What is the cheapest dish you have ever made?

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Banana French Toast with Chocolate Dusting

posted on February 2nd, 2009 ·

One of the best ways to get rid of stale bread is to make French toast for breakfast…or dessert and top it with ice cream. I love having French toast for breakfast. For me, a perfect slice of French toast is a little crispy on the outside and soft and moist inside. Eating a nicely grilled French toast is comforting after my morning workout.

I used banana bread that was made last week.

To get some flavors onto the toast, I beat 1 tablespoon buttermilk and 1 teaspoon vanilla extra into the egg beater to be soaked up by the bread. A nice slice of French toast also does not need to be overwhelmingly sweet. I finished the dish by drizzling 1 teaspoon of maple syrup on top and sprinkling some chocolate dusting, made of 1 part of each cocoa powder and icing sugar, around the plate.


How do you like to top your French toast with?

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Guinea Pig’s Water Workout #43: Back in the Water

posted on February 1st, 2009 ·


I have been inconsistent with my training in swimming lately. I went to practice with my swim team in New York this weekend for the first time in two months, and I nearly could not finish the sets. I have also been working on different stroke techniques for freestyle; therefore, my body is out of the sync during the transition period. My next biggest race, northeast regional championship, is at the end of March. I am determined to be ready within the next two months. Below is the workout on Saturday with my swim team.

Warm up:

  • 400 freestyle
  • 16 x 25: 8 sets of techniques, and 8 sets of freestyle with fins

Main sets:

  • 12 x 100: 4 sets under 2:15, 4 sets under 2:10:, and last 4 sets under 2:00
  • 200 kicks
  • 8 x 50 freestyle: start from the middle of the pool and work on turns
  • 4 x 25 any stroke, all out sprints
  • 4 x 50 freestyle, all out sprints
  • 4 x 25 freestyle, all out sprints
  • 1 x 25 any stroke, all out sprints with diving

Total distance (in yards): 3,025

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Life Line for Cooking

posted on January 27th, 2009 ·


Have you ever spent a lot of time preparing for a dish only to screw it up by overcooking it few minutes? Have you ever wanted to look up a recipe while shopping in the store? Have you almost broken your laptop (from having the recipe opened next to your stove) by spilling some sauce on it? Don’t worry, your cellphones will solve all these problems.

Chefs in the restaurant have used cellphones to text their sous chefs and let them know their mistakes. Many amateur cooks, like myself, often get inspired when browsing down supermarket aisles and use their mobile devices to search for new recipes. I have almost broken my laptop after spilling some pasta sauce on it (what was I thinking by placing my laptop next the stove). However, with faster internet connections and new culinary gadgets on cellphones, they have become one of the top kitchen tools; people shop with recipes open on their phones, and they are less likely to be spilled on if you must have them in the kitchen. Besides providing information, cellphones can take great quality pictures and have them sent to family and friends.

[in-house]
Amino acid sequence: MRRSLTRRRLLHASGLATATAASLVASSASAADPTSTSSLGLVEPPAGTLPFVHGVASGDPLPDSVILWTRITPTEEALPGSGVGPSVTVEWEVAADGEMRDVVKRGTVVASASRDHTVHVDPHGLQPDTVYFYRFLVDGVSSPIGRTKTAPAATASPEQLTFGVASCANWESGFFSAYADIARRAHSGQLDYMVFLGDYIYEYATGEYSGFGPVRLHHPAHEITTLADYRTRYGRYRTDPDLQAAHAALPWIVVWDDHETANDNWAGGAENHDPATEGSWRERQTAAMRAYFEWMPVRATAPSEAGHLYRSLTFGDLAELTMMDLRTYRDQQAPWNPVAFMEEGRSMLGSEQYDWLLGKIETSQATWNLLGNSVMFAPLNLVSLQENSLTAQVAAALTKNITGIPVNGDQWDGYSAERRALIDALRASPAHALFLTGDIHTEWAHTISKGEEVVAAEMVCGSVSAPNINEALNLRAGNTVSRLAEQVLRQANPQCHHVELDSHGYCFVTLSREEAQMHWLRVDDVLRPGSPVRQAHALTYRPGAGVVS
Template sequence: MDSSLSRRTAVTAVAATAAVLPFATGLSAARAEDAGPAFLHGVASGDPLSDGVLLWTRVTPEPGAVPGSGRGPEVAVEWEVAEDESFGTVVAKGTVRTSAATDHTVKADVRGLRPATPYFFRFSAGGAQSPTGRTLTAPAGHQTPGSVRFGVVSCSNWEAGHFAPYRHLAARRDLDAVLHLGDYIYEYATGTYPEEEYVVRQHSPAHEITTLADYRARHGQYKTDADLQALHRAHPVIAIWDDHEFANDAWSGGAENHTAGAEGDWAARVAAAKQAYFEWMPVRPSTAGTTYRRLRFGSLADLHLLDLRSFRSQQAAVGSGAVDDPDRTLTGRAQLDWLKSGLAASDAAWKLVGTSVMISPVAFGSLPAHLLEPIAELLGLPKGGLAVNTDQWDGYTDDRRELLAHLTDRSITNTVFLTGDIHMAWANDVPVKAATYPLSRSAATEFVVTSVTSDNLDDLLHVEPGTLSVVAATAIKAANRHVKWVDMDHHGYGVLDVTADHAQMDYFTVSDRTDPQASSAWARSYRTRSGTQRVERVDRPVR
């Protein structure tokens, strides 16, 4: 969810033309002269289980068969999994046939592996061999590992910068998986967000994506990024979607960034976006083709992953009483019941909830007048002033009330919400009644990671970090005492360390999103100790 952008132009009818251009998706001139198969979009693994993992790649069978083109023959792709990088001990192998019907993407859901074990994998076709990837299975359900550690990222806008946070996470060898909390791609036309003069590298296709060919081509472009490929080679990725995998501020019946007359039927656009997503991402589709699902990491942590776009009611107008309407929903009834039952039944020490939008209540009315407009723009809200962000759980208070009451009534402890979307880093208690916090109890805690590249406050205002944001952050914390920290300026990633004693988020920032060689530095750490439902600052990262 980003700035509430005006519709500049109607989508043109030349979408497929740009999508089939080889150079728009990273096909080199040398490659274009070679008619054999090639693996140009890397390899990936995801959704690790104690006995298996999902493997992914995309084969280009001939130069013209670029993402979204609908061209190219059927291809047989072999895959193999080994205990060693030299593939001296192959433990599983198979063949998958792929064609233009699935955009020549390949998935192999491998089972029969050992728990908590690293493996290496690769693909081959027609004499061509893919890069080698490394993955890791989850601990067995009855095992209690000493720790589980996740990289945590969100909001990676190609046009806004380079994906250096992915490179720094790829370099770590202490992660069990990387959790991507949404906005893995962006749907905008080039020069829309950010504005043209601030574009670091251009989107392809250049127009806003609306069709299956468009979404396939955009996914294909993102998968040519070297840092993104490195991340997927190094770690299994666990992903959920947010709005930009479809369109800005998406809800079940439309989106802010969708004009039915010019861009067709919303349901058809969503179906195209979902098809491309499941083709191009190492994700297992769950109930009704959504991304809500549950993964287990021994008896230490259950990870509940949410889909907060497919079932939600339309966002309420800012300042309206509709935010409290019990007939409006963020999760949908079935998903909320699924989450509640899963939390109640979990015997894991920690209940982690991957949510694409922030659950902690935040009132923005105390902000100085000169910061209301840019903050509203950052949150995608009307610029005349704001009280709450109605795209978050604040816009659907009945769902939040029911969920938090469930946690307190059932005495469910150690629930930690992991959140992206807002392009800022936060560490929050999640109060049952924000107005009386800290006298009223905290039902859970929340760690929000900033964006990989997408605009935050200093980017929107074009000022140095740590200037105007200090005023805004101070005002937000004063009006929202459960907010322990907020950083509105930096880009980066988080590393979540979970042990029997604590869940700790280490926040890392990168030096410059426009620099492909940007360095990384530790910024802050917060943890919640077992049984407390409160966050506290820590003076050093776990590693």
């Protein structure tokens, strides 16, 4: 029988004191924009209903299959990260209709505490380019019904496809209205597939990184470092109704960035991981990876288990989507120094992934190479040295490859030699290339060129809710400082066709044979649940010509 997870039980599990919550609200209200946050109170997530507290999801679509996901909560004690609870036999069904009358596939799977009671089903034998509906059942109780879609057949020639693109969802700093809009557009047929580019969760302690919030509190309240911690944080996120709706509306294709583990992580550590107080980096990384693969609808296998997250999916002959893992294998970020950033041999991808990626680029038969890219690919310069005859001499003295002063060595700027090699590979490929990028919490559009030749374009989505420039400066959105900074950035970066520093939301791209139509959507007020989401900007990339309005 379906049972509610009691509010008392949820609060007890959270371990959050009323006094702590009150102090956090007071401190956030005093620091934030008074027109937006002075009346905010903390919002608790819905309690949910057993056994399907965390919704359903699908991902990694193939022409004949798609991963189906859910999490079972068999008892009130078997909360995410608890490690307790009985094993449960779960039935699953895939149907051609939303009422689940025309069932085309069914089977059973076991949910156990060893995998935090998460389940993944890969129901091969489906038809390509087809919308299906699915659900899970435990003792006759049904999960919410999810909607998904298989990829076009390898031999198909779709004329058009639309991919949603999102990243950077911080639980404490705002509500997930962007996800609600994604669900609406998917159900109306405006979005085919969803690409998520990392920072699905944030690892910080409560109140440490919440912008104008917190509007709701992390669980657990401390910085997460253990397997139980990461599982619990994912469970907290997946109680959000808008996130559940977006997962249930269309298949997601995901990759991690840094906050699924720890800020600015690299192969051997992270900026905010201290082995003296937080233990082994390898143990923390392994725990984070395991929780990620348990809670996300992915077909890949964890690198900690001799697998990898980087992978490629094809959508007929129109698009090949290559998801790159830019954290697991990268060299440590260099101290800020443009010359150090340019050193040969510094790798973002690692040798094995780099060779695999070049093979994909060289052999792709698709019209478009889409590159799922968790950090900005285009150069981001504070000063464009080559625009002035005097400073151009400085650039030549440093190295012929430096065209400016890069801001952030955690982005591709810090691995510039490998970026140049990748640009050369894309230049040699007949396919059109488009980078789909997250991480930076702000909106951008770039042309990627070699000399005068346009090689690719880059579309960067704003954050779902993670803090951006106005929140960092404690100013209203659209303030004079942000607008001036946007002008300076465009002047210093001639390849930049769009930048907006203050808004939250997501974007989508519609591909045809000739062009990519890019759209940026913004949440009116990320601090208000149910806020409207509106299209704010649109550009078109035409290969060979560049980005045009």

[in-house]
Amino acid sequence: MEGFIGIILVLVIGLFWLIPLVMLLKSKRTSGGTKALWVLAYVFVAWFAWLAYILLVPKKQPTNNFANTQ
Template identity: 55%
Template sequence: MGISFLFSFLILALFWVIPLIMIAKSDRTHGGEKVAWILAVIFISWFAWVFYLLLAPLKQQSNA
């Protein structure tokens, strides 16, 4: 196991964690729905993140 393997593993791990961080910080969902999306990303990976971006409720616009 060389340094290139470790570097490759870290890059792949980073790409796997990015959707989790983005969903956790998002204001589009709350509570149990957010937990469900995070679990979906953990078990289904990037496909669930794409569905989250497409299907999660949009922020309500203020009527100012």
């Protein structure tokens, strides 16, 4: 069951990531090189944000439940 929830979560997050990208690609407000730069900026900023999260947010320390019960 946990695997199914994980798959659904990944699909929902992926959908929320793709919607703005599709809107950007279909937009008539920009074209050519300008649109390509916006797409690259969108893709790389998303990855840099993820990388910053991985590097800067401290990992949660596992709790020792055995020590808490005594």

Have you “phoned” a recipe yet?

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White House Condiment

posted on January 24th, 2009 ·

Cooking cranberry chutney on the stove. Stirring is the key to keep the food from burning on medium heat.

Chutney is a type of condiment made of seasonal fruits with sugar, vinegar, onions, and spices. Chutney has similar consistency to jelly, and it is used in many ways to enhance flavors.

I came across President Obama’s inauguration luncheon menu earlier this week and chutney was one of the condiments used in the main course. While gluing closely to the TV for President Obama’s ceremony, I was also working diligently in the kitchen and creating my own version of chutney. I decided to make cranberry chutney because of its beautiful and balanced acidity and sweetness. The versatility of cranberry flavor also allowed me to introduce other flavors into the dish, such as citrus and common spices like cumin and cinnamon.

The finished product. I pureed half of the chutney until smooth and left the other half in chunks - the perfect combination for spread.

Chutney is a great condiment because of its usefulness. I have paired cranberry chutney with braised pork roast and winter squash congee (porridge). Chutney can come with many flavors, depending on the fruit used. Apples and clementines are the most popular winter fruits. So pick them up and guinea-pig a chutney recipe!

Braised pork roast on cranberry chutney.

Chutney with winter squash congee.